Whooping cough: Vaccinations for pregnant women as cases double in Wales

baby being vaccinated Babies are offered a whooping cough vaccine at two, three and four months of age

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Whooping cough vaccinations are being introduced for pregnant women as the number of cases in Wales this year is already more than twice the 2011 total.

The Health Protection Agency (HPA) says 154 cases of whooping cough were reported in Wales by the end of August compared to 67 in all of last year.

Chief Medical Officer for Wales Dr Ruth Hussey says the vaccination will boost protection for newborn babies.

England has seen a four-fold increase to 4,637, including nine baby deaths.

There have been no deaths from whooping cough in Wales this year.


The condition is characterised by severe coughing, followed by a gasp or "whoop".

Start Quote

It's vital that babies are protected from the day they are born - that's why we are offering the vaccine to all pregnant women”

End Quote Dr Ruth Hussey Chief Medical Officer for Wales

It can affect people of all ages, but newborn babies are particularly at risk because they are not usually vaccinated before they are two months old.

From October, pregnant women will be told about the vaccine during routine antenatal appointments and offered it at GP surgeries.

Even if women have previously been immunised they will be encouraged to be vaccinated again to boost their immunity, as it helps protect their babies before they can start their own immunisations.


Prestatyn GP Dr Eamon Jessop explains more about the condition

"It is a very unpleasant disease. It's called a 100 day cough in the rest of the world. Primarily, it gives you this long bout of coughing where the cough goes up the scale.

"The main problem is in children under six months of age. It has a particularly unpleasant ability to stop them breathing.

"Most at risk of whooping cough are those under two months who have not had immunisation.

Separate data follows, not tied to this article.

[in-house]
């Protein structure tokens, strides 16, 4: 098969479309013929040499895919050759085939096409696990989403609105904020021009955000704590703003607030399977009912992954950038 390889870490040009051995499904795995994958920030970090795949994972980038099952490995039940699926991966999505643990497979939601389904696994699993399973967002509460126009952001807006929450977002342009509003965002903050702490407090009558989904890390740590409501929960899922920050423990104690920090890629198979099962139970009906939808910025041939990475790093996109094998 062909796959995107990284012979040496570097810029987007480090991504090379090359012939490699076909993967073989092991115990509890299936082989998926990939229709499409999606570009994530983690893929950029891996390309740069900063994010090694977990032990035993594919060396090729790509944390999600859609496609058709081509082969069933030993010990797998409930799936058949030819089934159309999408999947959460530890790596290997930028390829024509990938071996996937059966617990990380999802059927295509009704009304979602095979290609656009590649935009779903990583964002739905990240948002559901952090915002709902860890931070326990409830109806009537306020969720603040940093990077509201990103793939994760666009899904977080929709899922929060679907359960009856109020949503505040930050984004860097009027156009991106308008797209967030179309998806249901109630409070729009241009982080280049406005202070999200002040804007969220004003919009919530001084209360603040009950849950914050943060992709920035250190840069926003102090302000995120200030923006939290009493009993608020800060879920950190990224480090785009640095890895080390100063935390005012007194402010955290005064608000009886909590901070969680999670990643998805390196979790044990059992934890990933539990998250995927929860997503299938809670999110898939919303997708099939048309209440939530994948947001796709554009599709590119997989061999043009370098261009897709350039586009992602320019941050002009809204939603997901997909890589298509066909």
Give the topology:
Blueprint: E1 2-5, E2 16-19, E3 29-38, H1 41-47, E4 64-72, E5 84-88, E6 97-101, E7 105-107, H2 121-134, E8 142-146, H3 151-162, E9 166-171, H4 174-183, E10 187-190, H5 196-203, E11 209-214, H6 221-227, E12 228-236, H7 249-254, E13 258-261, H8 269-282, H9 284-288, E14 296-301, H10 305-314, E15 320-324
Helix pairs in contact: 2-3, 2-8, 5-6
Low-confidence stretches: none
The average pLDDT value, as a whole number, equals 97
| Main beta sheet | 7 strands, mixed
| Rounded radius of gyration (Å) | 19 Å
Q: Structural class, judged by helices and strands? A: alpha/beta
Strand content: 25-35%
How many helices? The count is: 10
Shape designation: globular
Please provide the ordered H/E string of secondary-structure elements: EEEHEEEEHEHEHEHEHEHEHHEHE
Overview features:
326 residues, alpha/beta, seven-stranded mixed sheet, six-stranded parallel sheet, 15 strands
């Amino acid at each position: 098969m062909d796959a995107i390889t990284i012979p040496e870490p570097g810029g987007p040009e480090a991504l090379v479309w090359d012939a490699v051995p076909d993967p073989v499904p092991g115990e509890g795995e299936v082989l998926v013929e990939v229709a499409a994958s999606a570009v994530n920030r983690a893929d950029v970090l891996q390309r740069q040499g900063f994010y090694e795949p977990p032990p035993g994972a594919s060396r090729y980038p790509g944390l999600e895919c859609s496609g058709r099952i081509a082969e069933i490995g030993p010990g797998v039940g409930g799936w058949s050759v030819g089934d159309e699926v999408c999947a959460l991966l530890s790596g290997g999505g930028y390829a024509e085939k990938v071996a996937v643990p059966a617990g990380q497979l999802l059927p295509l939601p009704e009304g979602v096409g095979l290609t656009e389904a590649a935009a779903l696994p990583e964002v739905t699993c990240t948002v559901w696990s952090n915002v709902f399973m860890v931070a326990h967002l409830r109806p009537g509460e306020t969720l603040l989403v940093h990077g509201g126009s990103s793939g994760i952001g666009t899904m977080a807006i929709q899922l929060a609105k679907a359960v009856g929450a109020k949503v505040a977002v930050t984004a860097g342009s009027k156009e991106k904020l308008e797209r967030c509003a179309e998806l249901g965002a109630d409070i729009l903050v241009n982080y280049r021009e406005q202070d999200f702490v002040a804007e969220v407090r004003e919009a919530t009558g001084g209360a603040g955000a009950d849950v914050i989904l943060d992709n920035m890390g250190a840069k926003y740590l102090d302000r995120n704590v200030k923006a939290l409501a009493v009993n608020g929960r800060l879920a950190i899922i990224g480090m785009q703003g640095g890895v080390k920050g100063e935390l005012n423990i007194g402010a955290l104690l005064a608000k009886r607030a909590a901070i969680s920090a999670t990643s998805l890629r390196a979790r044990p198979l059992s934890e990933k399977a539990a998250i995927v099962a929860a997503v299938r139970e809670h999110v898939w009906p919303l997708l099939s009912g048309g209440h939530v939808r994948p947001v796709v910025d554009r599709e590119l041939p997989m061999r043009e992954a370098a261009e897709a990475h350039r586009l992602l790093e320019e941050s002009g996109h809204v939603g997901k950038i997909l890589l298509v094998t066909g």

"The epidemic is really starting to climb. I had a suspicion about this last year.

"I had seen quite a few adults coming in who had never smoked, never had bronchitis or asthma and they suddenly get this dreadful hacking cough that keeps them awake at night."

Dr Hussey said whooping cough can be treated successfully with antibiotics and most people make a full recovery, but it is highly contagious.

"Newborn babies are affected most severely by whooping cough, and are most at risk of developing complications," she said.

"Nine infants in England have died as a result of whooping cough this year. There have been no infant deaths associated with the illness so far this year in Wales, but we must not be complacent. It's vital that babies are protected from the day they are born - that's why we are offering the vaccine to all pregnant women."

The programme, intended to be temporary, will be monitored by Public Health Wales and Medicines and Healthcare products Regulatory Agency (MHRA).

Whooping cough is a highly infectious bacterial disease which spreads when a person with the infection coughs and sheds the bacteria which is then inhaled by another person.

In older children and adults whooping cough is said to be unpleasant but does not usually lead to serious complications.

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